Egypt suffered from a defeat in the Six-Day War of June 1967, but she was a prominent figure to enlighten the people’s spirit by staging tours all across the nation, as well as in other Arab regions. All proceeds of the concerts were donated to the Egyptian government.

Her diligence and highest dream of reaching stardom paid off, but it didn’t come without a price. She suffered from several unrevealed illnesses.

People asked why she suddenly came out with huge sunglasses, and it was explained that she had to wear those heavy sunglasses to protect her ailing eyes. Being famous as she was, her sunglasses had become a classic trademark of her identity in the latter part of her career.

Umm Kulthum as a Business Manager

Her years of hard work had made her trademark as a music icon. Umm had become the most popular Arab singer of all time, but her career couldn’t have escalated to the highest pedestal without meticulous planning and management strategies. You might be surprised to know that Umm was not only a singer but also a businesswoman.

From the beginning of her career, she took charge of her projects. She even produced her shows without brokers in between. From theater rentals to advertisements, Umm was the main decision-maker.

As a businesswoman, she commanded the highest fee because she was offering her priceless talent. Since she was already famous, she collected huge fees for her shows. As a shrewd businesswoman, she negotiated the highest fee for her songs, and her diva attitude was well-known in the music industry.

Aside from her musical talents, she also acted in films portraying romantic themes, just like her songs. She made sure that her movies were spectacular and unique compared to other movies at that time. An example of her movie showcased exotic settings in Arab history or a story depicting good and evil. Umm Kulthum was incredibly famous at that time, so everything she did garnered praise and following.

To create a distinct personality, she presented herself as a dignified person in words as well as in actions. She stayed away from scandal or unworthy news that might have ruined her personality. She successfully kept her private life away from the limelight of the press or the entertainment industry, especially in the world of Egyptian music.

You might ask who the main negotiator in all of her transactions was. Surprisingly, Umm herself negotiated in her transactions, and she was successful in repackaging herself as a singer with class, elegance, and high respect.

Umm Kulthum as a Diplomat

Trained by her father, a Muslim priest, Umm has developed her talent in diplomacy as she proved to be an efficient agent of change. In 1952, Umm Kulthum requested the poet Ahmad Rami to compose a perfect national song to inspire the people during the bloody Egyptian Revolution.

The song “Egypt, Which Is in My Mind and My Blood” was devoted to the patriotic support of the people for Arab nationalism. Her genuine friendship with President Gamal Abdel Nasser was an instrument to promote her nationalistic spirit.

The mood all over the country was very low at that time, so she spearheaded her concerts that empowered the people once again. President Nasser, for his part, would broadcast his speeches right after Umm’s concert to ensure that many people were gathered to listen.

She also held a fabulous grand tour across the Arab world in 1967 to uplift the image of Egypt after its defeat in the Six-Day War. As the president of the Musician’s Union in Egypt, she represented Egypt to other Arab countries, promoting the country’s art, music, and culture.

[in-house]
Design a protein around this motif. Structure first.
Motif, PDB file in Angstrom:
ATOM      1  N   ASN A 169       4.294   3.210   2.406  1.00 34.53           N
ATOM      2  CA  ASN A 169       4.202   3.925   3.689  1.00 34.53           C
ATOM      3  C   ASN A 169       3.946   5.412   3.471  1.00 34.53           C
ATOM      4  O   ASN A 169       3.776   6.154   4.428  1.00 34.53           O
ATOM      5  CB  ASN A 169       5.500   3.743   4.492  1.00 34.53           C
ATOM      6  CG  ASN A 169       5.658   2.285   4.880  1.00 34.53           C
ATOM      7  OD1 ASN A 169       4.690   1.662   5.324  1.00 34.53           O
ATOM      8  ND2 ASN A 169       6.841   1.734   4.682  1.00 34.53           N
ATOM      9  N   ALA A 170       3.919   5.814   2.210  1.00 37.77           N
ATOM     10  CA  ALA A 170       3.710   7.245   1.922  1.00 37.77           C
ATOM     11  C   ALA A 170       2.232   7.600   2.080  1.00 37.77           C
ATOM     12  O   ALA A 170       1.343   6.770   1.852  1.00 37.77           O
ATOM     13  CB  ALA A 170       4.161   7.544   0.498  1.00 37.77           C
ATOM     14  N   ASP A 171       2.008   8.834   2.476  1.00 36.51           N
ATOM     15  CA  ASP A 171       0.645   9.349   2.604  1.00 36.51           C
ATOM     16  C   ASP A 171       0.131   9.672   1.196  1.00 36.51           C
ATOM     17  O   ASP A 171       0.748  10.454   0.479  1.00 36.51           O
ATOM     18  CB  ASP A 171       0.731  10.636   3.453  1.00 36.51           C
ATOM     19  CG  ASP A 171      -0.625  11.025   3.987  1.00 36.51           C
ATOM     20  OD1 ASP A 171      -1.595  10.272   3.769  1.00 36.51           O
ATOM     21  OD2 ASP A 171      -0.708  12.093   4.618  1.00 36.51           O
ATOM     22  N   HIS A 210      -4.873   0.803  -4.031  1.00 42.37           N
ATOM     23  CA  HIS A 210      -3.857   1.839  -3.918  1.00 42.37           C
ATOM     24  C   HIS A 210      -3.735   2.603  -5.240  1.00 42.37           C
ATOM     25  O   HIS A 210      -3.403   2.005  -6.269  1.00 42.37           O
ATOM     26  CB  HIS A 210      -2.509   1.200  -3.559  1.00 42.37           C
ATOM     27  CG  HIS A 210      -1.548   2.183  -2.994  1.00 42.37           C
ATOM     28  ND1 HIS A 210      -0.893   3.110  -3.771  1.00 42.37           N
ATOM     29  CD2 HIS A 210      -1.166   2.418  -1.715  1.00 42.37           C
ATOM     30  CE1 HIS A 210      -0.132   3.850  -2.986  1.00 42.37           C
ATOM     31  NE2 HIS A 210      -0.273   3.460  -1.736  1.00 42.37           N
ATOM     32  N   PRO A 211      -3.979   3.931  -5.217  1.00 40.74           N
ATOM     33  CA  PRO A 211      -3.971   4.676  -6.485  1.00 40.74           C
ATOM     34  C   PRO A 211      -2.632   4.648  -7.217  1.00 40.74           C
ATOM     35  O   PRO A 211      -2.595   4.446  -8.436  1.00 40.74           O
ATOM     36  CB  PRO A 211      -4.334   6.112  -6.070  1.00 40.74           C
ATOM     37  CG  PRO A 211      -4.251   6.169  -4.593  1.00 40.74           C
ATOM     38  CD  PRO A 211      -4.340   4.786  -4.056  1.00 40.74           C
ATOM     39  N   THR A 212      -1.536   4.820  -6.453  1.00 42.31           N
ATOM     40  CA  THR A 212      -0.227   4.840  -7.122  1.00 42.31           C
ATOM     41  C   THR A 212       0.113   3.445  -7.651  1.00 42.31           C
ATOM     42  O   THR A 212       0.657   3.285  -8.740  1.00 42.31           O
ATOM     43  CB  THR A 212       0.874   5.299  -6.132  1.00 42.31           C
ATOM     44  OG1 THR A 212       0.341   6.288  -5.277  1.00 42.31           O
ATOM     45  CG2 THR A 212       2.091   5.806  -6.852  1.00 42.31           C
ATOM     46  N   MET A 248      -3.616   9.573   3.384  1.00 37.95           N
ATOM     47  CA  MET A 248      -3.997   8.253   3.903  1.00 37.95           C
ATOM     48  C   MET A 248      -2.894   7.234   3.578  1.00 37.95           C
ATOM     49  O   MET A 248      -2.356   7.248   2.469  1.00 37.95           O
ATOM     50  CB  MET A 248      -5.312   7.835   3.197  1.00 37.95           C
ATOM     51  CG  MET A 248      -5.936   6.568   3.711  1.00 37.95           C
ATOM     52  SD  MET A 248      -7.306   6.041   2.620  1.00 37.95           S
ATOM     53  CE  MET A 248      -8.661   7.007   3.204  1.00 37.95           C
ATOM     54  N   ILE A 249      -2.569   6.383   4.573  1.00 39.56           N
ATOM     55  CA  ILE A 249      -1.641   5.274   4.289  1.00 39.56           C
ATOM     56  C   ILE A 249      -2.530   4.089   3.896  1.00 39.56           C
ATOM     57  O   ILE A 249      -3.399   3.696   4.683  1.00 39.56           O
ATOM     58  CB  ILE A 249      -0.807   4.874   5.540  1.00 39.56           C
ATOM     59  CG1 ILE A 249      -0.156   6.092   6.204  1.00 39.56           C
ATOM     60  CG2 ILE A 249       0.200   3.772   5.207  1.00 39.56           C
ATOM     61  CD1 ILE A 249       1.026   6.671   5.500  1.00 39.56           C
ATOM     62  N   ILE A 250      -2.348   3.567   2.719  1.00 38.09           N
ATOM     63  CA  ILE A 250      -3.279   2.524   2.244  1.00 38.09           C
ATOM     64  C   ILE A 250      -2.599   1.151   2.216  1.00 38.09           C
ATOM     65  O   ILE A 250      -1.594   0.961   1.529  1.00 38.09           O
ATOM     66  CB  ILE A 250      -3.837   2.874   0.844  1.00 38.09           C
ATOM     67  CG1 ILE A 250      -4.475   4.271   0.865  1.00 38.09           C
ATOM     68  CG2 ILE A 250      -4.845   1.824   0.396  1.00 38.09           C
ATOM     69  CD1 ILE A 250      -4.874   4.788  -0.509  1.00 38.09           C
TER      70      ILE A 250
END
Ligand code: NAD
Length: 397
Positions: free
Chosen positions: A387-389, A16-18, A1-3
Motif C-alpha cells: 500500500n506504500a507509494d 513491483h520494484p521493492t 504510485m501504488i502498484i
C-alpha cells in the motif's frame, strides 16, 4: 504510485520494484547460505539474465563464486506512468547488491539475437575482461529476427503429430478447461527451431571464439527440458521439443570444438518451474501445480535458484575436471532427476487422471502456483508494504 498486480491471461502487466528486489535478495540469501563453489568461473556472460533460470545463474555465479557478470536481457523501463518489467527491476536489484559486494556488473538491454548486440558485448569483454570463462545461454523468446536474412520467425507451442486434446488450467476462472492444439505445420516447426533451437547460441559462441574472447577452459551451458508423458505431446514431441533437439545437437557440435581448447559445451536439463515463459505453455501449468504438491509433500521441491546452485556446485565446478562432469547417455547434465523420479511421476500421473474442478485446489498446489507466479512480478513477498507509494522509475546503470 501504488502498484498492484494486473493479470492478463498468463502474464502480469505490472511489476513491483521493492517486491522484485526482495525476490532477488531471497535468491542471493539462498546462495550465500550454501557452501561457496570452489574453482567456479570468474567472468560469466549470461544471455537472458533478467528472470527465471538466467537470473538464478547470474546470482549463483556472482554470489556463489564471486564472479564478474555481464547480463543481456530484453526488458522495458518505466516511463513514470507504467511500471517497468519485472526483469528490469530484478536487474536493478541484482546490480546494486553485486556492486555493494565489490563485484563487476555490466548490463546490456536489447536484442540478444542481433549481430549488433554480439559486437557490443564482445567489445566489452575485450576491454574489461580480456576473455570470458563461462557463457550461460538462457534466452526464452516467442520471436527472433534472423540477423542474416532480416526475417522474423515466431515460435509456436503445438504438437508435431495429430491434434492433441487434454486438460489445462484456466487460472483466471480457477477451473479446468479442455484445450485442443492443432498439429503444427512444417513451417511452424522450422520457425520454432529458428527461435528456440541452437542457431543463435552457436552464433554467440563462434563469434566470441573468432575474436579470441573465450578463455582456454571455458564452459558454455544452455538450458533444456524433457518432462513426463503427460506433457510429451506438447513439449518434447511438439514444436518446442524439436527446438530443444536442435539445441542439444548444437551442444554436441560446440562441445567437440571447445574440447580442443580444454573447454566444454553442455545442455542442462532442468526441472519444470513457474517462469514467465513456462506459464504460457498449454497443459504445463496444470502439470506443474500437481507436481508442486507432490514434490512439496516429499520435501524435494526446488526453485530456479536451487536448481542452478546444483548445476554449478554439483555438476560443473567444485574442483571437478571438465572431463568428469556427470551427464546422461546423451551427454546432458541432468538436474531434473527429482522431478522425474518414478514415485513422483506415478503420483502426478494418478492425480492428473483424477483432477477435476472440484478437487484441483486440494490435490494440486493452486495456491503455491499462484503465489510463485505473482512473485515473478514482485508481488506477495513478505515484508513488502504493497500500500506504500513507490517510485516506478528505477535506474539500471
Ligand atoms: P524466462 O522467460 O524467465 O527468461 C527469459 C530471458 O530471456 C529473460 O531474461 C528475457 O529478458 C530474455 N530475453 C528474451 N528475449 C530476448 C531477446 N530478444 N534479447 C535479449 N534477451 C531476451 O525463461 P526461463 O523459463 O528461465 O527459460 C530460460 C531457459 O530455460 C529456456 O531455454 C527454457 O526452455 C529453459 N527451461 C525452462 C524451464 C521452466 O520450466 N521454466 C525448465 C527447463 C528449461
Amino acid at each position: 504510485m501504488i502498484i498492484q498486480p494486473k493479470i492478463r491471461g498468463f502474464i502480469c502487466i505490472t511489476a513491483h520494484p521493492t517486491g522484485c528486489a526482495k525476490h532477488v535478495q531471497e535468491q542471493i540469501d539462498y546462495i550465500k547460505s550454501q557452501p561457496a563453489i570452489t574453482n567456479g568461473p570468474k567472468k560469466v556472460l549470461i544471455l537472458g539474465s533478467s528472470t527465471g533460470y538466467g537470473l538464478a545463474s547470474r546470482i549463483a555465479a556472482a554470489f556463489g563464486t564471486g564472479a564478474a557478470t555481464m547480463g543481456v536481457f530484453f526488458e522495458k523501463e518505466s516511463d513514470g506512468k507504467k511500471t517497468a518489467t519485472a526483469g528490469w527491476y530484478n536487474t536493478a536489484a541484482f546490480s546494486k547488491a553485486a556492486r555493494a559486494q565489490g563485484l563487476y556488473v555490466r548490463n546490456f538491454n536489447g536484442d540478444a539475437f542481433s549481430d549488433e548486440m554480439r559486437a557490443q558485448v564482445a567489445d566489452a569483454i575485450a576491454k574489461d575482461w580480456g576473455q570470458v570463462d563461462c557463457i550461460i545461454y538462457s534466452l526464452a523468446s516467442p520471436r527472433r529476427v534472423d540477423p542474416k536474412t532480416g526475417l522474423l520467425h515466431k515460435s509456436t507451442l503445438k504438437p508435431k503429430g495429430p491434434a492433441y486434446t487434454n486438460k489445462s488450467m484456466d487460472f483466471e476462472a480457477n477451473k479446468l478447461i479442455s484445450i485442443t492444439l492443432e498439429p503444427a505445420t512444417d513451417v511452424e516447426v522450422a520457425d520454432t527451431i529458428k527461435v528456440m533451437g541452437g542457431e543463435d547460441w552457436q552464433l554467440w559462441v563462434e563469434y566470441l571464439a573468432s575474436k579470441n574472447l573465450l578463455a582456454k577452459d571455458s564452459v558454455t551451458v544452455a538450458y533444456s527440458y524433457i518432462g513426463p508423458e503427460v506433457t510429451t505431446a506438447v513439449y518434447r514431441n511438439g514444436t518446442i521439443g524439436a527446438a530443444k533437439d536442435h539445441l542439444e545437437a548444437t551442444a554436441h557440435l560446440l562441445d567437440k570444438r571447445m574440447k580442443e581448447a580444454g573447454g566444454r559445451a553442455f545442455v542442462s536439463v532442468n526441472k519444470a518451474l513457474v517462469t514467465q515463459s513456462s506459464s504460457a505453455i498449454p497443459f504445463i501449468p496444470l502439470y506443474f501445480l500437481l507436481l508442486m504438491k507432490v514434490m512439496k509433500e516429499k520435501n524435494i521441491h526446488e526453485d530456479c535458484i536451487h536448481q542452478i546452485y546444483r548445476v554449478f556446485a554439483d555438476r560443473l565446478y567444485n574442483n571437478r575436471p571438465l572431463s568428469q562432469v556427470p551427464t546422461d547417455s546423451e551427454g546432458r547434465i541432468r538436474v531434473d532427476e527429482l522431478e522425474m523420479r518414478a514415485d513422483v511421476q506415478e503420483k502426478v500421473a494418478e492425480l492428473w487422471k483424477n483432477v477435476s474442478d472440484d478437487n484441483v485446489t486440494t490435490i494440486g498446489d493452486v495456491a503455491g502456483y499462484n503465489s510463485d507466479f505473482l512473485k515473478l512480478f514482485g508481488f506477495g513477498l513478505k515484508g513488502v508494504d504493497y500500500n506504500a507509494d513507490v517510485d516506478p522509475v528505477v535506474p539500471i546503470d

While serving Egypt as an artist, she was treated like a diplomat. She also received a diplomatic passport in 1968 to seal her generous effort in promoting the cause of her country.

Endowed with her musical genius, she serenaded kings, queens, presidents, ministers, and a lot of elite guests in her concerts. Umm has truly won the heart of other Arab nations, such that she was invited to dinners to receive state honor comparable to that of a head of state. The Tunisians admire her so much that a street was named after her in Tunis, as well as a school in Khartoum.

Umm Kulthum’s Death

Umm Kulthum worked hard to reach the highest point of her career. She was able to establish the epitome of her life as an accomplished singer. However, she suffered from a series of health issues most of her life. Later in the 1940s, she accepted limited projects due to her failing health. She even sought medical treatment in Europe and the U.S.

She has been a pivotal part of Egyptian life and culture. That’s why her sudden demise had caused grief to millions of those who loved her. Umm Kulthum funeral was a symbol of tremendous sadness for the Egyptians.

They felt like they lost a national beacon of hope because it was Umm who single-handedly performed to inspire the Arabs toward unity and peace through her songs.

As the most popular Arab singer of her time, she received much love at her funeral. Hundreds of thousands of people joined her funeral, grieving because they lost a hero.

Conclusion

Umm Kulthum rose to fame because of her incomparable talent in singing. She emerged as an icon of music, art, and culture as she displayed an impressive talent no one else could surpass. As an artist, she was the epitome of Arab music that captivated the hearts of the Muslim people. Her style and personality matched her advocacy as an agent of patriotism to her beloved Egypt.

When you listen to her songs, you’ll feel that they are a celebration of life, art, and culture. She was victorious in reaching out to the poorest of the poor and the most elite in the world. Truly, Umm Kulthum is proof positive that dogged effort is rewarded by a life well-lived.